The Board is focusing on improvements to the statements of financial performance and the cash flow statement. Matters under consideration include:
a. Requiring the presentation of an “EBIT-type” subtotal in the statement(s) of financial performance;
b. Distinguishing between items in OCI that will subsequently be reclassified to profit and loss from items which will not; and
c. Removing the options for classification of cash flows from interest and dividends in the statement of cash flows
The Board decided the consultation document for this project should be an exposure draft.
The following is a summarised update of the main discussions held by the IC at its meeting on 11 and 12 June 2019. The full update, as published by the IASB, can be found here.
The Committee tentatively decided not to add the following matters to its standard-setting agenda because the principles and requirements in IFRS already provide an adequate basis.
Fair Value Hedge of Foreign Currency Risk on Non-Financial Assets (IFRS 9 Financial Instruments)
The Committee received requests asking whether foreign currency risk can be a separately identifiable and reliably measurable risk component of a non-financial asset held for consumption (such as PPE or inventory) that can be designated as the hedged item in a fair value hedge accounting relationship.
The Committee’s response assessed the following:
Whether an entity can have exposure to foreign currency risk on a non-financial asset held for consumption that could affect profit or loss?
It was concluded that it is possible for this situation to arise where the fair value of a non-financial asset is determined only in one particular currency which is not the entity’s functional currency.
Where the conditions in above are present, is it a separately identifiable and reliably measurable risk component?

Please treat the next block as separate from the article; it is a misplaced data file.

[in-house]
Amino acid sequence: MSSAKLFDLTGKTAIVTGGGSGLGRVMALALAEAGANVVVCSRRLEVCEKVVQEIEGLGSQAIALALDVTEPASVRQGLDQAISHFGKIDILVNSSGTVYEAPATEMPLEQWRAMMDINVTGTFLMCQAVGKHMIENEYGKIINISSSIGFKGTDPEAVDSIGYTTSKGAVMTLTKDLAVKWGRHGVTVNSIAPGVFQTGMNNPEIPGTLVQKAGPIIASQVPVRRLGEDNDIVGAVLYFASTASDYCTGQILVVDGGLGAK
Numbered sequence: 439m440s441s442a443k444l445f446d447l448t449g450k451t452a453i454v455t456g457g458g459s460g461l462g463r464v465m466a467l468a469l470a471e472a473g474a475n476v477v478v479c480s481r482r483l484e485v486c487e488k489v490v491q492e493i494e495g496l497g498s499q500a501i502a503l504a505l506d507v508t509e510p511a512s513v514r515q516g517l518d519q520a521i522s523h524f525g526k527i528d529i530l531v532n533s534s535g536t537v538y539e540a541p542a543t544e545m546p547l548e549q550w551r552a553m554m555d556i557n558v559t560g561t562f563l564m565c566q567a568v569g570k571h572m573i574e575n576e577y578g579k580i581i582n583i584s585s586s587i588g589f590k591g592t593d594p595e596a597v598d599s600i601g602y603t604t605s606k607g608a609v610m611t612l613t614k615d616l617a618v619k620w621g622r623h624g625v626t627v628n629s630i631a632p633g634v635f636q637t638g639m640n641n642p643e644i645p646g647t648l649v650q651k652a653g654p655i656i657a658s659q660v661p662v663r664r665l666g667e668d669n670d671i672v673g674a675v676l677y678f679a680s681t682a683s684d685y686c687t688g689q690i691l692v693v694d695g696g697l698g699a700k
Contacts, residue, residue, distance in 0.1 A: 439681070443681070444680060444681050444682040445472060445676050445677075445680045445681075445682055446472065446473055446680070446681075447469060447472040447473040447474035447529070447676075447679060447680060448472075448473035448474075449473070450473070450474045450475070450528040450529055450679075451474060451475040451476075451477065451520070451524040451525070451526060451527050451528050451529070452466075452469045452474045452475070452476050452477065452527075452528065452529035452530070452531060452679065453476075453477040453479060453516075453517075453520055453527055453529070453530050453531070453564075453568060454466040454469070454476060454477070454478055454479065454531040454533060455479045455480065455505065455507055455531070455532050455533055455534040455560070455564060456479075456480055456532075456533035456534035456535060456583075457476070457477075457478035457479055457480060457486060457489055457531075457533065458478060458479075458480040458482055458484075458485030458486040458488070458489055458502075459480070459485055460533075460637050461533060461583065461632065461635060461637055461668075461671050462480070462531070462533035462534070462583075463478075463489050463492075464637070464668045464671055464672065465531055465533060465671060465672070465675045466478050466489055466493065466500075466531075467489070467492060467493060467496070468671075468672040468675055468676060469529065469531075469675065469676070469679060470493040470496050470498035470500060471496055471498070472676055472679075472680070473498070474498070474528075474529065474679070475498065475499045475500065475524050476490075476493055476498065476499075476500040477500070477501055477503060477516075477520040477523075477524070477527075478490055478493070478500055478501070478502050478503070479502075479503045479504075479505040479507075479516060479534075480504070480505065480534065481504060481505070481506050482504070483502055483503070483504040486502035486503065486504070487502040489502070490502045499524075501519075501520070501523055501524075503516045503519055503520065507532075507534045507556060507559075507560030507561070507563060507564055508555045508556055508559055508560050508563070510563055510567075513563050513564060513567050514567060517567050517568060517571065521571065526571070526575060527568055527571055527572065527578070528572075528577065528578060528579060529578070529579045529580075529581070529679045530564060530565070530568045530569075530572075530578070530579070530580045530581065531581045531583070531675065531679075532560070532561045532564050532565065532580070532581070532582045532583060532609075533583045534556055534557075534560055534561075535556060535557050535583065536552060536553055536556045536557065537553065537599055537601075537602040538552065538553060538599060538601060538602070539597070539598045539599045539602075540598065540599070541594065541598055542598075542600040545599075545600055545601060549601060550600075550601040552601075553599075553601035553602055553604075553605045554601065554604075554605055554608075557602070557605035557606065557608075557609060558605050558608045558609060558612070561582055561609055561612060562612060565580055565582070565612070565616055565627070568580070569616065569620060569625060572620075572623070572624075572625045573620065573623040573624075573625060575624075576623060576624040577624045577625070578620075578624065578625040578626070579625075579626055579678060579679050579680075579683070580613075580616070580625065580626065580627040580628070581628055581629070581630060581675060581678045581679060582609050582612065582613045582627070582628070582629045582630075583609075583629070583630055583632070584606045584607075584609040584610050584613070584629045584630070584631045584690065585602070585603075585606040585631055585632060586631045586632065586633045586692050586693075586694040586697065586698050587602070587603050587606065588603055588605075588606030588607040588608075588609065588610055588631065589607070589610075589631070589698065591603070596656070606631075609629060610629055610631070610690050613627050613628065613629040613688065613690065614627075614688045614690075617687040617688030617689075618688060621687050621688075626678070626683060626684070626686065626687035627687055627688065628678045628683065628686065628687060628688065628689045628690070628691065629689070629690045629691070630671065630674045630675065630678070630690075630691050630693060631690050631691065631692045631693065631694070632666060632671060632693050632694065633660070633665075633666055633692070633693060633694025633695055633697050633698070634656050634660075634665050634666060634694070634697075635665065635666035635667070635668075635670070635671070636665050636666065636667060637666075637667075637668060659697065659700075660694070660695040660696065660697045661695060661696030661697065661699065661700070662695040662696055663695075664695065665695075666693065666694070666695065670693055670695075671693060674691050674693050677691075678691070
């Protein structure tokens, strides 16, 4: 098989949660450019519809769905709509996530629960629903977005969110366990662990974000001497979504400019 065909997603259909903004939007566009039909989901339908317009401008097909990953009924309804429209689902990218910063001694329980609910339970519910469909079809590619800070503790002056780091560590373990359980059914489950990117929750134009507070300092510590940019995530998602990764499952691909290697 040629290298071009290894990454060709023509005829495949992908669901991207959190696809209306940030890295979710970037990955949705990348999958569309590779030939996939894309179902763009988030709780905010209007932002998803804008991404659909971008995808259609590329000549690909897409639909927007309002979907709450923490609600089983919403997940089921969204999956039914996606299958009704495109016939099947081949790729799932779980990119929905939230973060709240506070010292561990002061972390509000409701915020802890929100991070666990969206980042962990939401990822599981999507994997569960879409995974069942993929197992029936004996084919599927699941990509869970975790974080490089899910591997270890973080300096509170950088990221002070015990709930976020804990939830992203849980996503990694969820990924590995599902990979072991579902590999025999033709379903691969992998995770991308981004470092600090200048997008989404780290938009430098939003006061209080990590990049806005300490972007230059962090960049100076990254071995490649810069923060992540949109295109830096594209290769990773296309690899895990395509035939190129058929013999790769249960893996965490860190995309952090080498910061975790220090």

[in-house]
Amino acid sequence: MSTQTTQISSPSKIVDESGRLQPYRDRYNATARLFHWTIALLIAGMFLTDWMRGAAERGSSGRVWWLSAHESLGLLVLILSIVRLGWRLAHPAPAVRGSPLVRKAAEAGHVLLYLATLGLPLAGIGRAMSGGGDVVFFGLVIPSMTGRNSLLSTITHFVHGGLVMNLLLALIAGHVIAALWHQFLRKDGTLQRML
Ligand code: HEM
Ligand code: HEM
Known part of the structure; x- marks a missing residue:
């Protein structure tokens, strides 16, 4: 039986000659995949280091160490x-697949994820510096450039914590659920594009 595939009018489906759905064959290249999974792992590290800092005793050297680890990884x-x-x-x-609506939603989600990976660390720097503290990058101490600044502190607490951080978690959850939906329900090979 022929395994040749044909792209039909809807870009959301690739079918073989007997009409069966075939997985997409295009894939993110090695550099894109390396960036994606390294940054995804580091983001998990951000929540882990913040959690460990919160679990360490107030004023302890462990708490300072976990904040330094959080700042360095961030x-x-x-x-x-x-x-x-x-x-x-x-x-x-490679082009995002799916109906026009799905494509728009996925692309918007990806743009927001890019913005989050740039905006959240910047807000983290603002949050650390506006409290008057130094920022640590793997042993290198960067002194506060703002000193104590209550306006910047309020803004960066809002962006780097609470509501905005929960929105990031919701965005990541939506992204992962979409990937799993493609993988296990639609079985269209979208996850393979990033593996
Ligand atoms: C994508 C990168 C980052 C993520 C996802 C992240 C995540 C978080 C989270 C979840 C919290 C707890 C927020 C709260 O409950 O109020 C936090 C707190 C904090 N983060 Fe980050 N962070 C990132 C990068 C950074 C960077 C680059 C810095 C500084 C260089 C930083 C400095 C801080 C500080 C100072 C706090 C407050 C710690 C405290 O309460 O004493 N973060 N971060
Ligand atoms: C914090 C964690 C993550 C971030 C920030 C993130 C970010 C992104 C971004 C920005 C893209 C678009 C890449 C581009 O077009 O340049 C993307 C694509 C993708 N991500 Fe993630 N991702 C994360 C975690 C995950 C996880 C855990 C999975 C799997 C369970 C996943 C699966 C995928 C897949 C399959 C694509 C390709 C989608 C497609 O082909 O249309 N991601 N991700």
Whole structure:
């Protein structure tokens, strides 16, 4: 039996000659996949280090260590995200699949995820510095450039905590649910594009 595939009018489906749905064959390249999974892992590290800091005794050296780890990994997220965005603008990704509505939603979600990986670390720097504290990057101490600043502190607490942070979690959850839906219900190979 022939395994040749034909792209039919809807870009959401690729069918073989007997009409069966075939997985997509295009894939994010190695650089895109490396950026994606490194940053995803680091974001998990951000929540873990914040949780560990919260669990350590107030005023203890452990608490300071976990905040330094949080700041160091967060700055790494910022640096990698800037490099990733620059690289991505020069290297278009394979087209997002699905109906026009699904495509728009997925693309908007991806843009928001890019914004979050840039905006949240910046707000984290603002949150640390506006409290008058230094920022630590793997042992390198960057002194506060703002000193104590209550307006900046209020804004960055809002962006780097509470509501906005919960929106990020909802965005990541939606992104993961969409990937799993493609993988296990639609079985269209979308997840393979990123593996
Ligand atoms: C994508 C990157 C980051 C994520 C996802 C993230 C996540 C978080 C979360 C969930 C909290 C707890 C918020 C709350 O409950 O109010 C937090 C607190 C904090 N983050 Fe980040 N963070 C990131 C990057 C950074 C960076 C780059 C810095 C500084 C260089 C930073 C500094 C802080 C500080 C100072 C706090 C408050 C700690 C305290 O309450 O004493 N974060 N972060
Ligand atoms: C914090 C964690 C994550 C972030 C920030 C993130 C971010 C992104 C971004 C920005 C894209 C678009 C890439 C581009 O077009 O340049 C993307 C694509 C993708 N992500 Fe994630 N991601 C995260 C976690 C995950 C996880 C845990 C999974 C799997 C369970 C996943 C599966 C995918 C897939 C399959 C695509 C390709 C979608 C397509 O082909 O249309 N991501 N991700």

It was concluded that foreign currency risk can be a separately identifiable and reliably measurable risk component.
Whether the designation of foreign currency risk on a non-financial asset held for consumption can be consistent with an entity’s risk management activities?
The Committee observed that changes in the fair value of the non-financial asset held for consumption may be of limited significance to the entity as the entity may not be managing or hedging risk exposures on this asset and consequently it cannot apply hedge accounting.
Compensation for Delays or Cancellations (IFRS 15 Revenue from Contracts with Customers)
A request was received regarding an airline’s obligation to compensate customers for delayed or cancelled flights.
The request asked whether the entity should account for this obligation either:
- as variable consideration under IFRS 15; or
- applying IAS 37 separately from its performance obligation to transfer a flight service to the customer.
The Committee concluded that this is variable consideration in the contract and IFRS 15 should be applied.
Lessee’s Incremental Borrowing Rate (IFRS 16 Leases)
A request was received regarding the definition of a lessee’s incremental borrowing rate in IFRS 16. The request asked whether the lessee’s incremental borrowing rate is required to reflect the interest rate on a loan with both a similar maturity to the lease and a similar payment profile to the lease payments.
The Committee concluded that there is no explicit requirement to determine the borrowing rate on this basis. However, in applying judgement in determining its incremental borrowing rate, a lessee might have regard to the rate referred to in the request above.
Holding of Cryptocurrencies
The Committee considered which IFRS should be applicable to holdings of cryptocurrencies and concluded that:
- IAS 2 ‘Inventories’ applies when they are held for sale in the ordinary course of business; or
- IAS 38 ‘Intangible Assets’ in other circumstances.
Lease Term and Useful Life of Leasehold Improvements (IFRS 16 Leases and IAS 16 Property, Plant and Equipment)
The Committee received a request about cancellable or renewable leases asking two questions:
How to determine the lease term of a cancellable or renewable lease?
The request specifically asked whether an entity should consider the broader economics of the contract, and not only contractual termination payments when assessing whether a penalty is significant or not.
The Committee concluded that in determining the enforceable period, the entity should consider the broader economics and whether there is in fact an enforceable period at all. A lease would not be enforceable where both parties have the right to terminate the lease without permission from the other party with no more than an insignificant penalty.